A memorial plaza honoring former president Dwight D. Eisenhower, who served as supreme Allied commander during World War II, is planned for a spot near the Mall.
One federal panel, the National Capital Memorial Advisory Commission, has approved a four-acre site on the southwest corner of Independence and Maryland avenues SW. The parcel faces the south entrance of the National Air and Space Museum and has a view of the Capitol.
"We want to tell the Eisenhower story in the broadest sense. It's an interesting, romantic American story. We want to tell the Eisenhower story in the context of the American story," said retired Air Force Brig. Gen. Carl Reddel, executive director of the Eisenhower Memorial Commission, established in 1999 to develop a memorial for the 34th president.
The Nov. 8 action by the Memorial Advisory Commission is only one step in a long review process. The location also must be approved by the National Capital Planning Commission and the Commission of Fine Arts, then submitted to Congress and the White House. The process could take years. The Eisenhower commission will now produce a design, estimate costs and begin to raise money.
"This is a work-in-progress and we like the plaza memorial concept, like the FDR Memorial and the World War II Memorial," Reddel said. "In our case, it is appropriate for an urban setting and has to harmonize with what is there." Daniel Feil, an architect who managed the Reagan National Airport expansion, is the commission's executive architect.
There has been controversy about memorials around the Mall. Many groups are vying to place structures on the dwindling supply of available land. The location at Independence and Maryland avenues was cited by the National Capital Planning Commission as a suitable site for a memorial. "The Capitol was important to Eisenhower. His respect for the authority of Congress was exceptional," Reddel said. "We want the memorial to be publicly accessible. If you take the millions of visitors at the Air and Space Museum and the National Museum of the American Indian and we could get 10 percent of those visitors, we would have 600,000 people a year."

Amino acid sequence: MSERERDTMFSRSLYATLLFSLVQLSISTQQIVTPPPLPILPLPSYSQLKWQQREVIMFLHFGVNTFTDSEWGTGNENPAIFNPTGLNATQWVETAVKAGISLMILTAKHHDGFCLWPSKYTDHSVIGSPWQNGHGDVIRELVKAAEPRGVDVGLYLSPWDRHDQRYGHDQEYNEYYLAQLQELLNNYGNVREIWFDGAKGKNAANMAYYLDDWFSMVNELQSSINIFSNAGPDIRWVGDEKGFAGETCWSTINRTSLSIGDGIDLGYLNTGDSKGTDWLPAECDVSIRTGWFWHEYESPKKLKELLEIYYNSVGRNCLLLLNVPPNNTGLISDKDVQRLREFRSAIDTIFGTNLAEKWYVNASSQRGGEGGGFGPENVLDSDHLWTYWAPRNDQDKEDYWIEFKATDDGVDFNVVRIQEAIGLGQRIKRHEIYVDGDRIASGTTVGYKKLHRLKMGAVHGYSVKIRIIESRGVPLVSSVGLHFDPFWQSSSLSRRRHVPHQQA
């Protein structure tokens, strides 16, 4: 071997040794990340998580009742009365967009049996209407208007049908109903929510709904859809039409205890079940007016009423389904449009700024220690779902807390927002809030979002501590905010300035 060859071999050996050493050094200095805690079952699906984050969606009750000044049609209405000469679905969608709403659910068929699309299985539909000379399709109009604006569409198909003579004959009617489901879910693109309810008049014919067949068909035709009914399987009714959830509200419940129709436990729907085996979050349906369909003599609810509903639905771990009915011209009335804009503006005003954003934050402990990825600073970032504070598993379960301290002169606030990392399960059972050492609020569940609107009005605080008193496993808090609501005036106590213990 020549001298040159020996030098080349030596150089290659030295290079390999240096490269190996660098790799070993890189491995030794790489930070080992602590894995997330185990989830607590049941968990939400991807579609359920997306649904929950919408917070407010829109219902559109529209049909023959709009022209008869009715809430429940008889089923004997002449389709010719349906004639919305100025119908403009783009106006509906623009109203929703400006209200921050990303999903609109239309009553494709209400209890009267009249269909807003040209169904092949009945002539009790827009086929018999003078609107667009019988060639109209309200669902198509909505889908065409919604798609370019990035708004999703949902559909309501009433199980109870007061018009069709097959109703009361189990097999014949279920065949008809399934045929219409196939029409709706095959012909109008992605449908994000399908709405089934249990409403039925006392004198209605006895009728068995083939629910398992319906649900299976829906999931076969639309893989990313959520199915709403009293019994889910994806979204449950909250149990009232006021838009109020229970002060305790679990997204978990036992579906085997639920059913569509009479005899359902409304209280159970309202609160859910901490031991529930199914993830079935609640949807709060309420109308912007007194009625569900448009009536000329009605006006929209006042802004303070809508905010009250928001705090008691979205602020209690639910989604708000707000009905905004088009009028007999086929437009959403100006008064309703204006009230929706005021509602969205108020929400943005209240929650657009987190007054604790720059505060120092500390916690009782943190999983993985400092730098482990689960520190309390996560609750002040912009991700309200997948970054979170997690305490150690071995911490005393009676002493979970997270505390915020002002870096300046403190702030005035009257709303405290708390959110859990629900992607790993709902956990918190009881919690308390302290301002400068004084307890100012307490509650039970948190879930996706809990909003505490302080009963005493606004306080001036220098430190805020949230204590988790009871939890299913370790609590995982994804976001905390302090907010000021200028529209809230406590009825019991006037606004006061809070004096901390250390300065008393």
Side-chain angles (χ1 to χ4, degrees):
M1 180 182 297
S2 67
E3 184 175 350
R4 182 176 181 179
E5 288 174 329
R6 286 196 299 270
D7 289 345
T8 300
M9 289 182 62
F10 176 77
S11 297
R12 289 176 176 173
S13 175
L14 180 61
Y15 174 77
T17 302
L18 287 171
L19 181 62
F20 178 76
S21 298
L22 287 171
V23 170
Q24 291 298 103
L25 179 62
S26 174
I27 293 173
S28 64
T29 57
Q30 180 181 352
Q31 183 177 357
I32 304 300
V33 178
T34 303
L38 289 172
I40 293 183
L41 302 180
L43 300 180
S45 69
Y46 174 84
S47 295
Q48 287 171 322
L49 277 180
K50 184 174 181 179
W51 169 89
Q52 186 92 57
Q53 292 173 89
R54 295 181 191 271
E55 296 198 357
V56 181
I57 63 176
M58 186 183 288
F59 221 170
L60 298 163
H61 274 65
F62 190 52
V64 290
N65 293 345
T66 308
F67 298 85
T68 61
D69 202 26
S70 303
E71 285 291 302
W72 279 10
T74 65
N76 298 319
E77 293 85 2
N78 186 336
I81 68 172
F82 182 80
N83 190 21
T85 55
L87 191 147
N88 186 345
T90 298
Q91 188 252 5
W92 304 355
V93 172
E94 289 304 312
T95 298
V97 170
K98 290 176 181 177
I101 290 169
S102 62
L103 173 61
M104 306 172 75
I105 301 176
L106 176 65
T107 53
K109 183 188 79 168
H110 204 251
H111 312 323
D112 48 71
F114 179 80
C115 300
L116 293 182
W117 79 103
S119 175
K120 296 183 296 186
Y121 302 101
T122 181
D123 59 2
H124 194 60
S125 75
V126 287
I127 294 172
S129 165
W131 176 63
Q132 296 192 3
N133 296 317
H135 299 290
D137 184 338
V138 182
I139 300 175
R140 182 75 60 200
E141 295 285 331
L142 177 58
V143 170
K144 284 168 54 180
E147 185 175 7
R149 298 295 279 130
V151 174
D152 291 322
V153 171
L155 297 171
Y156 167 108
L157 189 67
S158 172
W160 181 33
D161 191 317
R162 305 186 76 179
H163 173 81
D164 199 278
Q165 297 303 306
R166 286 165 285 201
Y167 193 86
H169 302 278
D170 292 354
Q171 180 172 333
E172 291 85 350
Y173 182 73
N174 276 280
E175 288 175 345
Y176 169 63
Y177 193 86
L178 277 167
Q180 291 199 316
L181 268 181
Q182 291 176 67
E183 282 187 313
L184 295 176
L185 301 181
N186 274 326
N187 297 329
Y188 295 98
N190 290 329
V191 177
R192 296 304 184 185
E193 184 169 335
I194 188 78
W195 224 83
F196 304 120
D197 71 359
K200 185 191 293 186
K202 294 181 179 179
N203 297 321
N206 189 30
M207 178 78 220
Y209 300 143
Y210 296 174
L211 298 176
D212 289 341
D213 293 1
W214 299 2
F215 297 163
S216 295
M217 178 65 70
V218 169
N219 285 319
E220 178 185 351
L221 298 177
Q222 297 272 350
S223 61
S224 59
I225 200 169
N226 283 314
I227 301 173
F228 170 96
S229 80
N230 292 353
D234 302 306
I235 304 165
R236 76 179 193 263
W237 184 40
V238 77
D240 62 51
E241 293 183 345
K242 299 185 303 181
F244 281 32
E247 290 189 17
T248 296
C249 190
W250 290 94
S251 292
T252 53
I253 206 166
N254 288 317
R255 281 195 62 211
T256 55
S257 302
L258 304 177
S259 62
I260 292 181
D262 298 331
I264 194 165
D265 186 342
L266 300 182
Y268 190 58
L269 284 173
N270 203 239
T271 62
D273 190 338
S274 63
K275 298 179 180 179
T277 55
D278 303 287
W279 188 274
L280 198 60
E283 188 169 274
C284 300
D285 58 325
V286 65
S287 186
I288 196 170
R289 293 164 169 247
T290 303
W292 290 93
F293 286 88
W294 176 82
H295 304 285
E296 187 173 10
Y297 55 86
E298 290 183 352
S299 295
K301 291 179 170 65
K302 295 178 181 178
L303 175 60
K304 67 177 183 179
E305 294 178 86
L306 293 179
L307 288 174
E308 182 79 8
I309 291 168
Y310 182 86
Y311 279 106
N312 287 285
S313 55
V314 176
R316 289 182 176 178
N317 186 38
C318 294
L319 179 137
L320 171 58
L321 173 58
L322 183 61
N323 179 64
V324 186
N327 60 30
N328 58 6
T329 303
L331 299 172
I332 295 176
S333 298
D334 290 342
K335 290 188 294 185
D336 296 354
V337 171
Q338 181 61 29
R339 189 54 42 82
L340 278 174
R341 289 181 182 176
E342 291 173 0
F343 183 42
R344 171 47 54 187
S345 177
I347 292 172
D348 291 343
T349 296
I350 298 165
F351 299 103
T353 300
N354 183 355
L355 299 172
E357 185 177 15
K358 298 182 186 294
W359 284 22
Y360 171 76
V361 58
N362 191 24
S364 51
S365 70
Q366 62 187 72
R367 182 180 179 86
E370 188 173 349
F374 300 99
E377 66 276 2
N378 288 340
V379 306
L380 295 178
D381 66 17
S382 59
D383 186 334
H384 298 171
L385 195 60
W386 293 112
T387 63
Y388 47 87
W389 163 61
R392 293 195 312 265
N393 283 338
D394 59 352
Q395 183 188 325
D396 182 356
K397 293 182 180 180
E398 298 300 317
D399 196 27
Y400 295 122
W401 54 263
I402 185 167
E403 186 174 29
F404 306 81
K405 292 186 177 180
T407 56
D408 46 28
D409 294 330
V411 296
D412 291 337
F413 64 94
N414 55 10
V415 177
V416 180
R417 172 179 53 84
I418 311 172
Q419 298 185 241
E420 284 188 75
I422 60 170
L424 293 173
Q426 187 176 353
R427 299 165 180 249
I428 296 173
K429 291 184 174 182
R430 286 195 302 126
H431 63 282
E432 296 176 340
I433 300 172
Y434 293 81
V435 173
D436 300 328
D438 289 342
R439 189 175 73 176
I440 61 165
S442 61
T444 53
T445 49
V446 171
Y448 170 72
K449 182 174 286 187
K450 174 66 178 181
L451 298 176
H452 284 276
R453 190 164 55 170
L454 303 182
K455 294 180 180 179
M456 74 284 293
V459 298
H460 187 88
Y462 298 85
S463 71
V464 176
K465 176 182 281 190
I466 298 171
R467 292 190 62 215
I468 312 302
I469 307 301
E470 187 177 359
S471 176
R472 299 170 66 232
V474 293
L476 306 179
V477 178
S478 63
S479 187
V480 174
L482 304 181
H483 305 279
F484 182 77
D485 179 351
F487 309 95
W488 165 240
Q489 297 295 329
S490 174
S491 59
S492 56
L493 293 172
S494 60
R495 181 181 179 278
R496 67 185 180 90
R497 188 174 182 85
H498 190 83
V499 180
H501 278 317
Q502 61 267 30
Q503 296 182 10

Born in Texas but raised in Abilene, Kan., Eisenhower was a West Point graduate who became a five-star Army general. He commanded the Allied forces in Europe, led the D-day invasion in June 1944 and later was commander of NATO. Most people know that part of Eisenhower's history, Reddel said.
His presidency, from 1953 to 1961, is not as well publicized. His role as a peacemaker, his diplomatic record and his faith in democracy are a few of the broad themes being considered by the planners. Other highlights of Eisenhower's administration likely to be commemorated: creation of the interstate highway system; passage of the first two Civil Rights Acts, in 1957 and 1960; the addition of two states, Alaska and Hawaii; adding 10 million Americans to the Social Security rolls; and the creation of the Department of Health, Education and Welfare.
"He believed America needed to be modernized in transportation, aviation and space," Reddel said. As materials become declassified and historians take a second look at Eisenhower, Reddel said the memorial will consider Eisenhower's record "warts and all."
"He made mistakes, but we think the contributions and strengths outweighed the weaknesses," he said. "We think we can address with confidence what they were."
The plaza would be steps away from the Federal Aviation Administration, an agency created under Eisenhower in 1958. Eisenhower also created the National Aeronautics and Space Administration, which provided many of the artifacts in the Air and Space Museum.
The former president in 1965.